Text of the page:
There are few sounds more instantly soothing than a Hawaiian-style slide guitar drenched in reverb. That's the first thing you hear on Up in the Air, UK duo Bent's first album in 15 years. Of the many Y2K-era downtempo duos whose low-key beats soundtracked hair salons and chic hotel lobbies, Bent were always my favorite, bringing a playfulness and sense of mischief to their chilled out grooves They also were not afraid to drop a banger, either, or dig through forgotten records for samples, like on "Always," from their sublime 2000 album Programmed to Love, which turned the Norrie Paramor Orchestra's 1962 song "Always in My Heart" into house heaven.
Back to that Hawaiian guitar, though. That's from "Take 15," which might be a reference to their time away, but here they are like they never left, as an electronic bass line bobs by like a buoy, and washes of iridescent synth and harp samples swell like waves. It's fun, it's gorgeous, it's Bent. Thank the pandemic for the resurrection of the group and reconnection of Neil "Nail" Tolliday and Simon Mills who each came up with ideas for four tracks before passing them off to the other.
Tolliday and Mills, who have made ambient records on their own over the decade or so, have not lost the ability to layer sounds; that it's always hard to tell what's being sampled and what's being played is part of Bent's magic. Up in the Air is their most chill album to date, leaning heavy on bachelor pad E-Z listening, like the flute-laden "Eagle and Swan," the sax-y, Balearic bliss of "Come on Home," and the proggy, folky "Remove All Clocks." Still, the best tracks are the ones with a beat and a strong hook, like "Misty" which has a bit of a lush Kings of Convenience vibe to it.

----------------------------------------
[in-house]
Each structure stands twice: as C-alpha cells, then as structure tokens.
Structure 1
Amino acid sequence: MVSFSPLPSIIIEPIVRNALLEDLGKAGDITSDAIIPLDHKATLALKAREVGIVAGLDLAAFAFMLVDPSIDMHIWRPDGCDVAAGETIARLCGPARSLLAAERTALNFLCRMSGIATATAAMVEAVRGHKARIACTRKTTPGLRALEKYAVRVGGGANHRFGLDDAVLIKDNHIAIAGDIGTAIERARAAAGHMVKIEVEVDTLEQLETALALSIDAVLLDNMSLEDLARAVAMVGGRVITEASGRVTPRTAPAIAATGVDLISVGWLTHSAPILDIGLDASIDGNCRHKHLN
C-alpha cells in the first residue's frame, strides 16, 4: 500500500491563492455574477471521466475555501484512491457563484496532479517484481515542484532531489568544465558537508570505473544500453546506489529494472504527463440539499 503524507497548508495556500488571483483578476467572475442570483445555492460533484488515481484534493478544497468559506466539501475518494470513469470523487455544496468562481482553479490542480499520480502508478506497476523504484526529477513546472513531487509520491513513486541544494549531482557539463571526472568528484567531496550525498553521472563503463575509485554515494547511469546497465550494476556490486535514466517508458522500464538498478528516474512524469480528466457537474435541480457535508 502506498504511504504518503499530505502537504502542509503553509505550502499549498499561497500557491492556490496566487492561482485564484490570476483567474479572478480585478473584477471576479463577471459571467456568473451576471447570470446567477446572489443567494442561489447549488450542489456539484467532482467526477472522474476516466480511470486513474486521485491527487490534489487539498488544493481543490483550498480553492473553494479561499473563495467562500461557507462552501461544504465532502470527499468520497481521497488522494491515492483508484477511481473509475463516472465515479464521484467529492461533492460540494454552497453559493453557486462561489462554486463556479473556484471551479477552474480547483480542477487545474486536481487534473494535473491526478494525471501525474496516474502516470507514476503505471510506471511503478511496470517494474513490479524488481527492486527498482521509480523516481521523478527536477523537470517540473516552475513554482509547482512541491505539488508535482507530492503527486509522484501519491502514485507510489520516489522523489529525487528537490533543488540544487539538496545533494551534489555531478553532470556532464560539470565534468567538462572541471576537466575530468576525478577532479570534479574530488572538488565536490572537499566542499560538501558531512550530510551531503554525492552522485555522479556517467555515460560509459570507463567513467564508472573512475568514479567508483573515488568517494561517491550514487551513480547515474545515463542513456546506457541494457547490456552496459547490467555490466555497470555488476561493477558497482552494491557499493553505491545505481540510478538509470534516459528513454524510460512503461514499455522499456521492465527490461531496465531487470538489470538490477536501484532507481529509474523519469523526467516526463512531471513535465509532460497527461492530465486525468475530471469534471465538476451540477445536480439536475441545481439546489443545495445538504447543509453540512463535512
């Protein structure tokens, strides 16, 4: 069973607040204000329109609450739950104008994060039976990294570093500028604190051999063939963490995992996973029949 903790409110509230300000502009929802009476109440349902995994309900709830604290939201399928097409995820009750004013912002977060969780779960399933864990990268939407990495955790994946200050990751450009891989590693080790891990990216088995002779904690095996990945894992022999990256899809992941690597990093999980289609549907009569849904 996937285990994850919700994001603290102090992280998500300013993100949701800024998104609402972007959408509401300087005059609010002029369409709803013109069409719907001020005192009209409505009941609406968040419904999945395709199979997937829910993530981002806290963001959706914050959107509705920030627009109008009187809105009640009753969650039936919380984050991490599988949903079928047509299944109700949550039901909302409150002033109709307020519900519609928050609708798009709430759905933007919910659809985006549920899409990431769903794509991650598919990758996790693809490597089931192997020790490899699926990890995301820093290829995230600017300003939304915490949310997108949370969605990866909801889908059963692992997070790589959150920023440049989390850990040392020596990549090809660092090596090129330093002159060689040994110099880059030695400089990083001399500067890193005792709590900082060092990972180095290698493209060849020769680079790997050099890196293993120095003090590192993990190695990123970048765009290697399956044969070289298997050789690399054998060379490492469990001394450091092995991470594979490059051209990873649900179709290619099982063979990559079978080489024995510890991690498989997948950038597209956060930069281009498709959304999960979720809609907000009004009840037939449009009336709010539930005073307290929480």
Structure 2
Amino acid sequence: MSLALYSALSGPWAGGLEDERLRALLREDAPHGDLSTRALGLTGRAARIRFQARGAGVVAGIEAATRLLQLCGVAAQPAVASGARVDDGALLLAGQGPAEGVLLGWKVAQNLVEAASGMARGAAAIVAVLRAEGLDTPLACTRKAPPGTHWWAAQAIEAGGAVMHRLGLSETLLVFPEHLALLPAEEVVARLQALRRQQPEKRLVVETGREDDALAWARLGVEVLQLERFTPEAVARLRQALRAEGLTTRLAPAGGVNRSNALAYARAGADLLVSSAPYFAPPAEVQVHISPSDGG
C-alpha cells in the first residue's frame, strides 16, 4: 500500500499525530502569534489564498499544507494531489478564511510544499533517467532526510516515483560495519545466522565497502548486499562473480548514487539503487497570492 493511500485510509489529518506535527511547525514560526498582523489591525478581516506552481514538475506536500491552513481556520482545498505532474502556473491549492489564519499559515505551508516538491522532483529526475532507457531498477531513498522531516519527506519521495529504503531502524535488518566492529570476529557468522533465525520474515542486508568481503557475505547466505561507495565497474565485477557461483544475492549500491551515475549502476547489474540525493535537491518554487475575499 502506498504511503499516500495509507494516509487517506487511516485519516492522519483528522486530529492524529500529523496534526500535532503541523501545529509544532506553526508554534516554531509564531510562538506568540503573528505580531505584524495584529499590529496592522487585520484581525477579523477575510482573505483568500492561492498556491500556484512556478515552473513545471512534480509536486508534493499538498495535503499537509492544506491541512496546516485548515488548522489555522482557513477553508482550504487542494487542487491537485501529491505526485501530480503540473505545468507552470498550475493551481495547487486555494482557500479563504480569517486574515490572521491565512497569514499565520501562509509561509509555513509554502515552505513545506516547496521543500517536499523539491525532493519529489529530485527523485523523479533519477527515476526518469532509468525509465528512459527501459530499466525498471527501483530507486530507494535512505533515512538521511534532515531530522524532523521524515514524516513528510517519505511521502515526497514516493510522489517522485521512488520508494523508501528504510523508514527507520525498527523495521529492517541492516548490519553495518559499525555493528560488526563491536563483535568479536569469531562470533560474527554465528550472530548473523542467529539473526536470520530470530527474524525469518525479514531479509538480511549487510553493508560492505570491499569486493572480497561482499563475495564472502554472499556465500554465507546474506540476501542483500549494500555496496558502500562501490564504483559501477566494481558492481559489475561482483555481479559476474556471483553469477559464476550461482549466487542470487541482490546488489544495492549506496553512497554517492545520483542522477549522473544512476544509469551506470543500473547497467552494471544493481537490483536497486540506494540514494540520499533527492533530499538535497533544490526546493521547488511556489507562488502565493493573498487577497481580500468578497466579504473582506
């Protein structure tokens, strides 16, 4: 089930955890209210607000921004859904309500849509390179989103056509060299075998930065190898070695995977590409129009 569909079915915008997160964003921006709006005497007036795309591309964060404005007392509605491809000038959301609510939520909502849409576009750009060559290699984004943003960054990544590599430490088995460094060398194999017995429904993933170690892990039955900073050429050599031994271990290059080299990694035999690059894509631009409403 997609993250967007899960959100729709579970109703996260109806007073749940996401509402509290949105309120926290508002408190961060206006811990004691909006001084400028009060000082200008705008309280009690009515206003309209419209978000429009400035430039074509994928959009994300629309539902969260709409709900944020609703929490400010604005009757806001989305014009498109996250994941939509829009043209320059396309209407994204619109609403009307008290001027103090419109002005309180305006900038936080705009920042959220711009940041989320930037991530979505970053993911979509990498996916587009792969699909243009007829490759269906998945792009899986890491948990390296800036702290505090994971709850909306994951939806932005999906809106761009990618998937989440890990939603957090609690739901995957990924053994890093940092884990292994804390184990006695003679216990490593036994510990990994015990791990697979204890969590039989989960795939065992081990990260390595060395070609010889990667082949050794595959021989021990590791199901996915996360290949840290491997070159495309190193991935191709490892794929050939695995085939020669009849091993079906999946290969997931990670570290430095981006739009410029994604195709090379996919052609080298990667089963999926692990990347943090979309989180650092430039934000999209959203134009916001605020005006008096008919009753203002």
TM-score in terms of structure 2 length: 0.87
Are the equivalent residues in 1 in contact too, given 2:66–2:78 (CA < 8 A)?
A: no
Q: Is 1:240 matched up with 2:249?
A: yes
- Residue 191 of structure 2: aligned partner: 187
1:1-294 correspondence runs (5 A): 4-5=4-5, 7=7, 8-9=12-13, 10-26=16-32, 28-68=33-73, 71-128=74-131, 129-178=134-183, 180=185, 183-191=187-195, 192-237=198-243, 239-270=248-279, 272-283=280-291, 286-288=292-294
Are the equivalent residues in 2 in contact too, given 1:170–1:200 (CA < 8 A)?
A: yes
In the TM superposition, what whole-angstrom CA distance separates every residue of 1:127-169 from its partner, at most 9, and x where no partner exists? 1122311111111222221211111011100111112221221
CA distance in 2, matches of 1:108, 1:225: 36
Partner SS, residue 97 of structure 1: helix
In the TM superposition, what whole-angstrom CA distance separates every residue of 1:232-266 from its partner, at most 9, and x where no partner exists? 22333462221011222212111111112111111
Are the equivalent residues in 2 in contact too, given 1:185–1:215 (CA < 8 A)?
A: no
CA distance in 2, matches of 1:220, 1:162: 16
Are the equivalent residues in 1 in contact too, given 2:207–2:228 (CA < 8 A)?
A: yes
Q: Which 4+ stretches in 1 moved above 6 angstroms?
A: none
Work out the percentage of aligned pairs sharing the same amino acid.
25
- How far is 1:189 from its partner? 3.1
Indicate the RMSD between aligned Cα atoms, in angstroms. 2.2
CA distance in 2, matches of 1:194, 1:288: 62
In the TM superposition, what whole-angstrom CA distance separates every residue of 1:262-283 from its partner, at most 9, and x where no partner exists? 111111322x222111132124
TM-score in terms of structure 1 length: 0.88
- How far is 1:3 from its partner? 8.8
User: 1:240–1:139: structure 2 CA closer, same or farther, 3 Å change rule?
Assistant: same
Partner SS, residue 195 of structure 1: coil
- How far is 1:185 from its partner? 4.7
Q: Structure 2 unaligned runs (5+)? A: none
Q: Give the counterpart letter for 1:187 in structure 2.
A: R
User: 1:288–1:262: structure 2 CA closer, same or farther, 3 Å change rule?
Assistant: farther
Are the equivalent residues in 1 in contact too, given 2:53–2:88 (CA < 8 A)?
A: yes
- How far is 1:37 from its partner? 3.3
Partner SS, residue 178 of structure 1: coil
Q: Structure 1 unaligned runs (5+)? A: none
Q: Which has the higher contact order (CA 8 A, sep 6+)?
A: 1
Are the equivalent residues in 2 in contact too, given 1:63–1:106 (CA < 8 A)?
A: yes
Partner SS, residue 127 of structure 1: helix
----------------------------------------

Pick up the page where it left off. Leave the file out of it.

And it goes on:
Then there's the album's irresistible single, "Friends," that takes a page from "Always," basing the warm, inviting house track around jazz standard "Just Friends," layering it with elegant piano and strings (and enlisting the great Ashley Beedle for a remix). The record could use another track like it, but Up in the Air is a welcome return and lets hope it won't be the last we hear from Bent.
Cabaret Voltaire – Shadow Of Fear (Mute)
Now with just Richard H. Kirk behind the controls, industrial icons Cabaret Voltaire release their first album in 26 years.